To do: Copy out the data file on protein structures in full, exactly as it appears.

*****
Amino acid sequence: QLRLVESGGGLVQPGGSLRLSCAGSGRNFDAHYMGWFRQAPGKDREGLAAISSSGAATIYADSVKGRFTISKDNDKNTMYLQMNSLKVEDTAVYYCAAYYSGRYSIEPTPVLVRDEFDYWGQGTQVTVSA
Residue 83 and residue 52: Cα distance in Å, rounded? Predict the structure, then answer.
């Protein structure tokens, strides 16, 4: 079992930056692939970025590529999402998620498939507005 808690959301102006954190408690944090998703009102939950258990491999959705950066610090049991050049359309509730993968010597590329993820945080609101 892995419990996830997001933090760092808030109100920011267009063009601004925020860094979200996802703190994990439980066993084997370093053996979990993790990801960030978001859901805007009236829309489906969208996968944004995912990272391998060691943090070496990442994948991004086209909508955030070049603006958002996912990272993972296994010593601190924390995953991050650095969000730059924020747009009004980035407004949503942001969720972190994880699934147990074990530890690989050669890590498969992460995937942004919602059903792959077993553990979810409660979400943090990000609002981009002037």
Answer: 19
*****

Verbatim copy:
Amino acid sequence: QLRLVESGGGLVQPGGSLRLSCAGSGRNFDAHYMGWFRQAPGKDREGLAAISSSGAATIYADSVKGRFTISKDNDKNTMYLQMNSLKVEDTAVYYCAAYYSGRYSIEPTPVLVRDEFDYWGQGTQVTVSA
Residue 83 and residue 52: Cα distance in Å, rounded? Predict the structure, then answer.
């Protein structure tokens, strides 16, 4: 079992930056692939970025590529999402998620498939507005 808690959301102006954190408690944090998703009102939950258990491999959705950066610090049991050049359309509730993968010597590329993820945080609101 892995419990996830997001933090760092808030109100920011267009063009601004925020860094979200996802703190994990439980066993084997370093053996979990993790990801960030978001859901805007009236829309489906969208996968944004995912990272391998060691943090070496990442994948991004086209909508955030070049603006958002996912990272993972296994010593601190924390995953991050650095969000730059924020747009009004980035407004949503942001969720972190994880699934147990074990530890690989050669890590498969992460995937942004919602059903792959077993553990979810409660979400943090990000609002981009002037």
Answer: 19